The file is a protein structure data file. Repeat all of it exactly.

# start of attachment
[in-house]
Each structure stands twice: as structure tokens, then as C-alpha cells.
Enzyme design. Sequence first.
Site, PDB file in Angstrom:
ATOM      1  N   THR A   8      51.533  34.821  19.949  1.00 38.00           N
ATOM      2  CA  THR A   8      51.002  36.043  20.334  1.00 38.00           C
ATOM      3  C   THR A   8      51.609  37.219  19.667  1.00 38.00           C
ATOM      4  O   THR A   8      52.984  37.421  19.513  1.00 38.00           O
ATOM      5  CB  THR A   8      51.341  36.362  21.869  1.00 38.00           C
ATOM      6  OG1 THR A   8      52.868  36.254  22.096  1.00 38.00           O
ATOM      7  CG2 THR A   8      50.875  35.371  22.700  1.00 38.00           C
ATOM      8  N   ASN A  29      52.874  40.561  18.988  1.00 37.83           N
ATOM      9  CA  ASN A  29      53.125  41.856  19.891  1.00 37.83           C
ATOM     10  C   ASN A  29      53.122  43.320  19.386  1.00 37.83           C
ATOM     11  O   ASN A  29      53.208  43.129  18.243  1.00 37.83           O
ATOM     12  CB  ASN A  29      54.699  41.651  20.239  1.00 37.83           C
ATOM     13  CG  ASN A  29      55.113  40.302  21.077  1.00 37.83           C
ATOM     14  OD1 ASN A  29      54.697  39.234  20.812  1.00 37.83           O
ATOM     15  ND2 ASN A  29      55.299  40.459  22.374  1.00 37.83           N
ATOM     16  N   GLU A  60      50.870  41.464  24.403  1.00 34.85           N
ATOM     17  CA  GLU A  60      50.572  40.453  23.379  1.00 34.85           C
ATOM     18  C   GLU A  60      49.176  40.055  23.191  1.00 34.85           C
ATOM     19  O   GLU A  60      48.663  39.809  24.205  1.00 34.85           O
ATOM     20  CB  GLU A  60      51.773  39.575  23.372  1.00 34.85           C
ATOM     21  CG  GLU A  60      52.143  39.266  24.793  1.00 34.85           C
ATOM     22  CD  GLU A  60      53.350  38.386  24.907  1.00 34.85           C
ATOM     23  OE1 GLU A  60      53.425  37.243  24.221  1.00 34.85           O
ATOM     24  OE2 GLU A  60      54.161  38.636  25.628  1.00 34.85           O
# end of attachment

[in-house]
Each structure stands twice: as structure tokens, then as C-alpha cells.
Enzyme design. Sequence first.
Site, PDB file in Angstrom:
ATOM      1  N   THR A   8      51.533  34.821  19.949  1.00 38.00           N
ATOM      2  CA  THR A   8      51.002  36.043  20.334  1.00 38.00           C
ATOM      3  C   THR A   8      51.609  37.219  19.667  1.00 38.00           C
ATOM      4  O   THR A   8      52.984  37.421  19.513  1.00 38.00           O
ATOM      5  CB  THR A   8      51.341  36.362  21.869  1.00 38.00           C
ATOM      6  OG1 THR A   8      52.868  36.254  22.096  1.00 38.00           O
ATOM      7  CG2 THR A   8      50.875  35.371  22.700  1.00 38.00           C
ATOM      8  N   ASN A  29      52.874  40.561  18.988  1.00 37.83           N
ATOM      9  CA  ASN A  29      53.125  41.856  19.891  1.00 37.83           C
ATOM     10  C   ASN A  29      53.122  43.320  19.386  1.00 37.83           C
ATOM     11  O   ASN A  29      53.208  43.129  18.243  1.00 37.83           O
ATOM     12  CB  ASN A  29      54.699  41.651  20.239  1.00 37.83           C
ATOM     13  CG  ASN A  29      55.113  40.302  21.077  1.00 37.83           C
ATOM     14  OD1 ASN A  29      54.697  39.234  20.812  1.00 37.83           O
ATOM     15  ND2 ASN A  29      55.299  40.459  22.374  1.00 37.83           N
ATOM     16  N   GLU A  60      50.870  41.464  24.403  1.00 34.85           N
ATOM     17  CA  GLU A  60      50.572  40.453  23.379  1.00 34.85           C
ATOM     18  C   GLU A  60      49.176  40.055  23.191  1.00 34.85           C
ATOM     19  O   GLU A  60      48.663  39.809  24.205  1.00 34.85           O
ATOM     20  CB  GLU A  60      51.773  39.575  23.372  1.00 34.85           C
ATOM     21  CG  GLU A  60      52.143  39.266  24.793  1.00 34.85           C
ATOM     22  CD  GLU A  60      53.350  38.386  24.907  1.00 34.85           C
ATOM     23  OE1 GLU A  60      53.425  37.243  24.221  1.00 34.85           O
ATOM     24  OE2 GLU A  60      54.161  38.636  25.628  1.00 34.85           O